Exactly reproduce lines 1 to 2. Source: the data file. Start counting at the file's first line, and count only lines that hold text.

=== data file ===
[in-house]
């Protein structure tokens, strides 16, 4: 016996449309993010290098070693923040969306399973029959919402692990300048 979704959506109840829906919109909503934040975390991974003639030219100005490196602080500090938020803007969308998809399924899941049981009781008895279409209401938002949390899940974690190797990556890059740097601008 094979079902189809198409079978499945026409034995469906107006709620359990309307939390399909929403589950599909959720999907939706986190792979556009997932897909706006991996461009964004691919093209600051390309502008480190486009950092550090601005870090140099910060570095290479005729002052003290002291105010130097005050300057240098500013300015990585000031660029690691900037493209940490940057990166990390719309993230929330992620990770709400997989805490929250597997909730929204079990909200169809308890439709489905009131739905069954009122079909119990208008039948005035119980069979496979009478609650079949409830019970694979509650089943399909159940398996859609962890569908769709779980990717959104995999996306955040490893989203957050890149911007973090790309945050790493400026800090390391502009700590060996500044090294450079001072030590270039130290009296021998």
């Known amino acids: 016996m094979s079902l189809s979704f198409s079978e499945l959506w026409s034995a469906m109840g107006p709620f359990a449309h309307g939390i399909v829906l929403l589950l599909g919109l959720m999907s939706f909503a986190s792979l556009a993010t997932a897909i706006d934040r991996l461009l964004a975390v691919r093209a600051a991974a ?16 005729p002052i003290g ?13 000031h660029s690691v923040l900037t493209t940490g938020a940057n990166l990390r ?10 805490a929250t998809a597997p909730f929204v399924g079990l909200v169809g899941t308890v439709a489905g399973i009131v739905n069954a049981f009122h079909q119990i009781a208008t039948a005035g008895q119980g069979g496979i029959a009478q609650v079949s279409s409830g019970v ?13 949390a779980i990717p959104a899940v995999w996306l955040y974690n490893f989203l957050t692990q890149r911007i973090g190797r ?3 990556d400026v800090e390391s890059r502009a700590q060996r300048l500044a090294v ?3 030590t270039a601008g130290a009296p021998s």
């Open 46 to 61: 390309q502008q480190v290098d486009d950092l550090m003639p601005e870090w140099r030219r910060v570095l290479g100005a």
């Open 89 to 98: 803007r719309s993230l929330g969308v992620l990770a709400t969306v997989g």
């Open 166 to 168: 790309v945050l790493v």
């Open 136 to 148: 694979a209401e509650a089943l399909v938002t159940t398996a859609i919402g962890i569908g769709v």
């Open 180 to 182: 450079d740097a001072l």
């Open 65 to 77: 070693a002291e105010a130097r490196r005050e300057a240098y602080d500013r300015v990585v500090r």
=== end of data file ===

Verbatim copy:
[in-house]
């Protein structure tokens, strides 16, 4: 016996449309993010290098070693923040969306399973029959919402692990300048 979704959506109840829906919109909503934040975390991974003639030219100005490196602080500090938020803007969308998809399924899941049981009781008895279409209401938002949390899940974690190797990556890059740097601008 094979079902189809198409079978499945026409034995469906107006709620359990309307939390399909929403589950599909959720999907939706986190792979556009997932897909706006991996461009964004691919093209600051390309502008480190486009950092550090601005870090140099910060570095290479005729002052003290002291105010130097005050300057240098500013300015990585000031660029690691900037493209940490940057990166990390719309993230929330992620990770709400997989805490929250597997909730929204079990909200169809308890439709489905009131739905069954009122079909119990208008039948005035119980069979496979009478609650079949409830019970694979509650089943399909159940398996859609962890569908769709779980990717959104995999996306955040490893989203957050890149911007973090790309945050790493400026800090390391502009700590060996500044090294450079001072030590270039130290009296021998």